The first time Rick Snyder visited Detroit, it was to see the Tigers play baseball. He was a college student in the 1970s, studying for a general studies degree at the University of Michigan in Ann Arbor. (He would earn that degree, as well as his J.D. and MBA, by the time he was 23 years old.) Snyder, who grew up on the west side of the state in a family of modest means, trekked into town for his first Tigers game at the old stadium at the corner of Michigan and Trumbull. But the details are blurry. He can't remember much about that day in Detroit—not which team the Tigers played, or who won. Before long, he was back in Ann Arbor, buried in the books.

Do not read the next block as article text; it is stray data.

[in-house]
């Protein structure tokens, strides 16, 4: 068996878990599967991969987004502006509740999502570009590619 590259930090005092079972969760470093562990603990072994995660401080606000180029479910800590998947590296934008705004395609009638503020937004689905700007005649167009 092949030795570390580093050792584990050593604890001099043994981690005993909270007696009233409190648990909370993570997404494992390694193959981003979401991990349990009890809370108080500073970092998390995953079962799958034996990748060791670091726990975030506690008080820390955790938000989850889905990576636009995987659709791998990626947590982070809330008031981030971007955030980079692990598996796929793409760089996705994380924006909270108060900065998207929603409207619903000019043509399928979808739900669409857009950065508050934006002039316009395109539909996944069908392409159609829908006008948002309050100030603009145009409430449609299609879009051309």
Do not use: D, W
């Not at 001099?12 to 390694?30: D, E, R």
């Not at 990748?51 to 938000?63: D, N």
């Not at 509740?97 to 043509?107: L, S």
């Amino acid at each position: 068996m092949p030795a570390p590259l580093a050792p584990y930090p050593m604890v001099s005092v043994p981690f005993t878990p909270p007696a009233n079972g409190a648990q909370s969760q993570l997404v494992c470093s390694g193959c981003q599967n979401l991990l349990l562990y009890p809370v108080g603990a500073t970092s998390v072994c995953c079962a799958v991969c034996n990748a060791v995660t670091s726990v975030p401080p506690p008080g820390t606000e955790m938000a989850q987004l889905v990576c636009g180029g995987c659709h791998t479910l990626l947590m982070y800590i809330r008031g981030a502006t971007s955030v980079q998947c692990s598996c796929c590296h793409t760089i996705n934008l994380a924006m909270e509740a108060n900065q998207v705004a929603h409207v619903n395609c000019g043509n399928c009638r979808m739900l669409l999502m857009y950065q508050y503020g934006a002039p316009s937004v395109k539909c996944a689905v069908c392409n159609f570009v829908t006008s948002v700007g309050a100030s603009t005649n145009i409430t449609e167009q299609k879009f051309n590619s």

Less than three decades later, he would make decisions that are among the most momentous in Detroit's 313-year history.